You have to train yourself to get used to hovering in Acro mode, memorizing the camera tilt angle, and where the horizon appears on your screen when the quad is level.
How Long Does It Take To Learn Rate Mode
Mastering rate mode doesn’t happen overnight. For beginners, you should expect to crash quite a few times before getting a hang of it. It can be a frustrating process which is why, if you can, we advise you practise in a flight simulator first.
Getting a resilient quadcopter frame and lots of cheap and durable propellers will help a lot. Go somewhere open, without obstacles and people, grass is useful for softening the inevitable crashes too. Stick with it, it might take days, but it will click one day and it will feel great, I promise.
Also, beginners might find it helpful to add some expo that creates a curve to your TX stick inputs. Using expo means stick inputs are no longer linear, so if you find your quad is over-reacting to your inputs, adding expo will give you more fine control around the middle stick range. As you get more used to the characteristics of your quad, dial the expo down to where you feel comfortable. Later on you might also want to increase RC Rate to make flips and rolls faster.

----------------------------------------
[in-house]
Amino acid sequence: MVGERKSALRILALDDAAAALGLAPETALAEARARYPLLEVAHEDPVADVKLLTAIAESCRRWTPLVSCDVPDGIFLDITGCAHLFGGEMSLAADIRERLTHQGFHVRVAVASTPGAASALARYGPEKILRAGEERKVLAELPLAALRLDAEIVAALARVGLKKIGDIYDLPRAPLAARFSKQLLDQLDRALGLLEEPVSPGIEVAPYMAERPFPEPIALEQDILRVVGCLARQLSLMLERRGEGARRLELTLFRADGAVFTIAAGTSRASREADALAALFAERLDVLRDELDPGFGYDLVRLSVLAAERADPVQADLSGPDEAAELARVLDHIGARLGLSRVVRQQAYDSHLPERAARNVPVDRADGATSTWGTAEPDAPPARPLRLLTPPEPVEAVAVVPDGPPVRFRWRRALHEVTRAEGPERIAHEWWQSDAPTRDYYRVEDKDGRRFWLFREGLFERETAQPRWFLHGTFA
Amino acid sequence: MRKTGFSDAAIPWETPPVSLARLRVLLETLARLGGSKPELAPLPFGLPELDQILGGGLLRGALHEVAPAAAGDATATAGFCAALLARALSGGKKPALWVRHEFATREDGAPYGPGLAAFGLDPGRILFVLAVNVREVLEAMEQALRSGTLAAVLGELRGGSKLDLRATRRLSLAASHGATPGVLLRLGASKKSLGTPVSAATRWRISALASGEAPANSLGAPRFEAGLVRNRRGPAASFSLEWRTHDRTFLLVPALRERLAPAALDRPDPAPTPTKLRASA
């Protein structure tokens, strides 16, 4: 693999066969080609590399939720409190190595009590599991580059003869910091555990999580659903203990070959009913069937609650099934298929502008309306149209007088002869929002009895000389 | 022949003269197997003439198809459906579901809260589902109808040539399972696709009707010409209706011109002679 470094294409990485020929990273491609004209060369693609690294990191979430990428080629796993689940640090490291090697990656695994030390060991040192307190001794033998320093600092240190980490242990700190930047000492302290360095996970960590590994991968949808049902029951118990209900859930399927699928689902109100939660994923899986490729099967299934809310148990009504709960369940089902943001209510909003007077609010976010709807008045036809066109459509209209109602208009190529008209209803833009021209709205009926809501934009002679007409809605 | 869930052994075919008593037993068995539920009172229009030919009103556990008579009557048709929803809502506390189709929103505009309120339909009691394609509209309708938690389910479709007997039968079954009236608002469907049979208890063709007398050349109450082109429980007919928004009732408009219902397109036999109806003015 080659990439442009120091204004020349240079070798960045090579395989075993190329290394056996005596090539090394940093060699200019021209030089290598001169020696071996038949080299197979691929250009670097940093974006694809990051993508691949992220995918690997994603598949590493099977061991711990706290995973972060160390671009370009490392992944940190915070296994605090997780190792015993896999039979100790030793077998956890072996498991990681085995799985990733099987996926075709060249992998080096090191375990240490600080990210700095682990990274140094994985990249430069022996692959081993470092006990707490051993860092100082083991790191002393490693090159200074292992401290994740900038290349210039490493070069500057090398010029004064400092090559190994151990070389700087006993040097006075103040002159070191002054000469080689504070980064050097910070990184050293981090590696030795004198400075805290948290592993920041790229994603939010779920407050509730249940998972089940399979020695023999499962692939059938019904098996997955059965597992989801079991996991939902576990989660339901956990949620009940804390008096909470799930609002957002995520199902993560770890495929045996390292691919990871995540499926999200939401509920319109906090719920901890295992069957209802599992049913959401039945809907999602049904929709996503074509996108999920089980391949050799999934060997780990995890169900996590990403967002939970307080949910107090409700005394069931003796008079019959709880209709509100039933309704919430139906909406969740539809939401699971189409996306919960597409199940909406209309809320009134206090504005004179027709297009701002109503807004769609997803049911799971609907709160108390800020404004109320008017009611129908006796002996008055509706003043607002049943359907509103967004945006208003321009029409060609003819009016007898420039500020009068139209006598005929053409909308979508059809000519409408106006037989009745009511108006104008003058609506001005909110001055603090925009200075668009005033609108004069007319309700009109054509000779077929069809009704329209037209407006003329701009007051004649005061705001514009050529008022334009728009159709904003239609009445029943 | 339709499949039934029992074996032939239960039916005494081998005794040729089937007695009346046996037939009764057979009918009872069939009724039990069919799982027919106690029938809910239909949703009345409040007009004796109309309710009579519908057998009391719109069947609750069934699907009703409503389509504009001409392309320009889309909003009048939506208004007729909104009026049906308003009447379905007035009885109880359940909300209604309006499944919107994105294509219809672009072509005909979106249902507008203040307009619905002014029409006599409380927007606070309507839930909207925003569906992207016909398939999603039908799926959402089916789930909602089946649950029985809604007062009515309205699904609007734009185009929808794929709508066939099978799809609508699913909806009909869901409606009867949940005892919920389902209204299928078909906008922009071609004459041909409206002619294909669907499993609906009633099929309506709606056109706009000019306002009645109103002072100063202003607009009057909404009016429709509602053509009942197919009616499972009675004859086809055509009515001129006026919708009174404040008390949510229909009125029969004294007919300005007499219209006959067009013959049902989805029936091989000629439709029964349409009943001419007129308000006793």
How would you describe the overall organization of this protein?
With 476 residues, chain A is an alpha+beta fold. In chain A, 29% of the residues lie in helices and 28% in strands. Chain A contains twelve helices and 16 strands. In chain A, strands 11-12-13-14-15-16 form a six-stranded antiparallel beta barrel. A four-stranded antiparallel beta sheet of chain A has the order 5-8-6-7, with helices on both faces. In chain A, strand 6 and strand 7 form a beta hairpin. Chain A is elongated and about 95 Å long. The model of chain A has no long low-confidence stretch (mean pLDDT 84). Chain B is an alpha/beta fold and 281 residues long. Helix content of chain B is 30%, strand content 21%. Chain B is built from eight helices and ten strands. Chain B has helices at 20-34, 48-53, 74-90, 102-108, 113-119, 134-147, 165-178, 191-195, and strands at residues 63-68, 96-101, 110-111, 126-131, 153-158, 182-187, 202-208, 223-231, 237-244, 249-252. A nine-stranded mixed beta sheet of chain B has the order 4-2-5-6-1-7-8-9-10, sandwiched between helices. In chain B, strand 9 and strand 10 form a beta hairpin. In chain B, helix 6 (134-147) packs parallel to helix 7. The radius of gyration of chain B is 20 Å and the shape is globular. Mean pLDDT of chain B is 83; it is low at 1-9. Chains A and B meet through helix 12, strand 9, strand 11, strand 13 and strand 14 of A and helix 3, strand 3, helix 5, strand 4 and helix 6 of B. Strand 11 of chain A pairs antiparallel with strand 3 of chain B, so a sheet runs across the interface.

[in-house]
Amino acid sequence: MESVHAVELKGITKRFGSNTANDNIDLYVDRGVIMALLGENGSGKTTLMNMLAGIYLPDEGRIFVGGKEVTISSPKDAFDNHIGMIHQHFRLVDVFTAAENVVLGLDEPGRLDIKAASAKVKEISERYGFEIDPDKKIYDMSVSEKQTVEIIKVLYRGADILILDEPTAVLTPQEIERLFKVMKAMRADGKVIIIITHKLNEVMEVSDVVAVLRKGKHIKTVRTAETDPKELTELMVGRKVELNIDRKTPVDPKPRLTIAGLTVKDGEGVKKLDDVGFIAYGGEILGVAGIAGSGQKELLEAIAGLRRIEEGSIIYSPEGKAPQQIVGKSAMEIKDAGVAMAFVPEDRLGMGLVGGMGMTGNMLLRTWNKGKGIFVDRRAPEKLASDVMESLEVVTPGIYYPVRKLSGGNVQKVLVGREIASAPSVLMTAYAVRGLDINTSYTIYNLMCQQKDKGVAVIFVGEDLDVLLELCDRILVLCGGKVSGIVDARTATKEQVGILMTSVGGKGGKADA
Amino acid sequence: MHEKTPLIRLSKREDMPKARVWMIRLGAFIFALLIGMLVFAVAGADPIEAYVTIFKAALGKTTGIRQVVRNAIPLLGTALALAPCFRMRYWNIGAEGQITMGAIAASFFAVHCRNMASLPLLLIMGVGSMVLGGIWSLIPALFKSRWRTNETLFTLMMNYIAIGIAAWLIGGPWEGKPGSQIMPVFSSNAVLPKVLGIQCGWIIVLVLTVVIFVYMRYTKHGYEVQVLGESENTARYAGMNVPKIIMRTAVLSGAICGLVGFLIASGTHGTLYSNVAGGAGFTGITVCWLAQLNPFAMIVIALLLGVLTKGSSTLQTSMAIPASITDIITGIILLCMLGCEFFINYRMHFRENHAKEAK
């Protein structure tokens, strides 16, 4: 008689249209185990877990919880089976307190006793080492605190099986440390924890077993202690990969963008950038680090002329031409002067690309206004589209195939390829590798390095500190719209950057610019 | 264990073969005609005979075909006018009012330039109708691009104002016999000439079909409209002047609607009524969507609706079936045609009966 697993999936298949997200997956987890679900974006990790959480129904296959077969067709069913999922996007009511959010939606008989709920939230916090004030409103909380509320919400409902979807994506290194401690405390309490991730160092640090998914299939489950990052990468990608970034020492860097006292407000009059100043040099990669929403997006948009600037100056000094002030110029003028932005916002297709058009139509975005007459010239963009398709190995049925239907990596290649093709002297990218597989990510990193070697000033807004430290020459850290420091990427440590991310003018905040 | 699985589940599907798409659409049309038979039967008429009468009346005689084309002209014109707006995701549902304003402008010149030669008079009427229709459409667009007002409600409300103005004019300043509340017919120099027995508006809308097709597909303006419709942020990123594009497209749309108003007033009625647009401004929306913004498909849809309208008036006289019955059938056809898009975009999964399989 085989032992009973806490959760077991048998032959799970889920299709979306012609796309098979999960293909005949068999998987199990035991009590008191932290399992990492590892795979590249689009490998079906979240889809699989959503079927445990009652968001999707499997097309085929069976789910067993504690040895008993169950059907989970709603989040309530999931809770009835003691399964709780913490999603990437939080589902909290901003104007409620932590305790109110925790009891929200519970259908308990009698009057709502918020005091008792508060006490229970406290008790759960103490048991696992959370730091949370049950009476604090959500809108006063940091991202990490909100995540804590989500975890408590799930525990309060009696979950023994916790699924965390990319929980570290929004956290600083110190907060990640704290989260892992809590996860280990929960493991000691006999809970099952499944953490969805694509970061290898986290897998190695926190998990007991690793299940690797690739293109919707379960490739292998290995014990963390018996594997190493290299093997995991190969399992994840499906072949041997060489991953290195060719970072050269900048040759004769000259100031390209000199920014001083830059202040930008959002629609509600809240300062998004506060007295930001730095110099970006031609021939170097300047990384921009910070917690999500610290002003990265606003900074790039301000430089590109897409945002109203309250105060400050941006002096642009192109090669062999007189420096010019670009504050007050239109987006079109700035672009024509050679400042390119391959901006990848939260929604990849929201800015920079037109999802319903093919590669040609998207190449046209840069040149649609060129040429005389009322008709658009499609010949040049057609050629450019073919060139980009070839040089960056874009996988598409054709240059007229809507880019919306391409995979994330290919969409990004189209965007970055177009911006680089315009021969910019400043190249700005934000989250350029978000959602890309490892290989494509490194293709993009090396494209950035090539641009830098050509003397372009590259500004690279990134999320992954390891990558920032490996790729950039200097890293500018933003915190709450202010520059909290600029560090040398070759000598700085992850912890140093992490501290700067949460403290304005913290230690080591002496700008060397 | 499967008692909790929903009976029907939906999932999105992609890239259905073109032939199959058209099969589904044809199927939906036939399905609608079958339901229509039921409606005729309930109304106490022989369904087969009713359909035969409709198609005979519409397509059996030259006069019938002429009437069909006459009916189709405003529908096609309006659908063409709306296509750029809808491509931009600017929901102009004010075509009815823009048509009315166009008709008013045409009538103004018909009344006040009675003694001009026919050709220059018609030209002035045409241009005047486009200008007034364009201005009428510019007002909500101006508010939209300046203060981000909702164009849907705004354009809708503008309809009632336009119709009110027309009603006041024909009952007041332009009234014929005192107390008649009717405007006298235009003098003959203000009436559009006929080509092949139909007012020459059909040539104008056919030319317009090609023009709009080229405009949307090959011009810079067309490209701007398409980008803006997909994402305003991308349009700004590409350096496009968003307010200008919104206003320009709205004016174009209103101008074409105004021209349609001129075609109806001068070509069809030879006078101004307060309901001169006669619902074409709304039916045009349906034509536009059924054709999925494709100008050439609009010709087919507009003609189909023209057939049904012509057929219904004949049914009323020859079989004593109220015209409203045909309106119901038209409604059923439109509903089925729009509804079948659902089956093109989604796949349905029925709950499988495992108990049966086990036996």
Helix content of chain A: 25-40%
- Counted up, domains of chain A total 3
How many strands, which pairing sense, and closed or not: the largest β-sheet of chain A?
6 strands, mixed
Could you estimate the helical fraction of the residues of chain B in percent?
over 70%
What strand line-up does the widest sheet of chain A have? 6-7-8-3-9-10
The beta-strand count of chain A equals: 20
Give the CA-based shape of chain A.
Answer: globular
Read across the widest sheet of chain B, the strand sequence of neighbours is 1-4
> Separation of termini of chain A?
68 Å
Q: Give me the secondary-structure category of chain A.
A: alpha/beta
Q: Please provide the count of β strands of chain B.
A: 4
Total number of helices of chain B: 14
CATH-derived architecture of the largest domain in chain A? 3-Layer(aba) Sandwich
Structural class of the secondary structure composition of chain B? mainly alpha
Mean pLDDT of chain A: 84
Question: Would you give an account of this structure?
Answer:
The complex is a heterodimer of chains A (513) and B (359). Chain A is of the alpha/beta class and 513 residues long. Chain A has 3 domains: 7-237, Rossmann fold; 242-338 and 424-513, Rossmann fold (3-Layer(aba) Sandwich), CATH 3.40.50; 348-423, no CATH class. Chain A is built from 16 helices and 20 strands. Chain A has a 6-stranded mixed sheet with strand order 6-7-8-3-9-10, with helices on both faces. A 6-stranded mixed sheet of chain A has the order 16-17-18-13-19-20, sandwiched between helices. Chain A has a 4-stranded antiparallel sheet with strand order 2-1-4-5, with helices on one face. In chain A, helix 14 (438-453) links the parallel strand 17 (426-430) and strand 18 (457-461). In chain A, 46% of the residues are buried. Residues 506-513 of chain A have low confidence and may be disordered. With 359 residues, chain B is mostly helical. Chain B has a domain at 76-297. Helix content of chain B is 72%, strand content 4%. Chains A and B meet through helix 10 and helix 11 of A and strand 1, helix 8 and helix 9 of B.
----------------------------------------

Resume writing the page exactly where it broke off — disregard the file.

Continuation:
Here is a great discussion of someone who was learning how to fly FPV in Rate mode.
Flying Rate Mode Line of Sight
Here is the bad news :)
Even if you have mastered flying rate mode in FPV, flying rate mode in LOS is a completely different beast. It can feel like you are learning to fly all over again.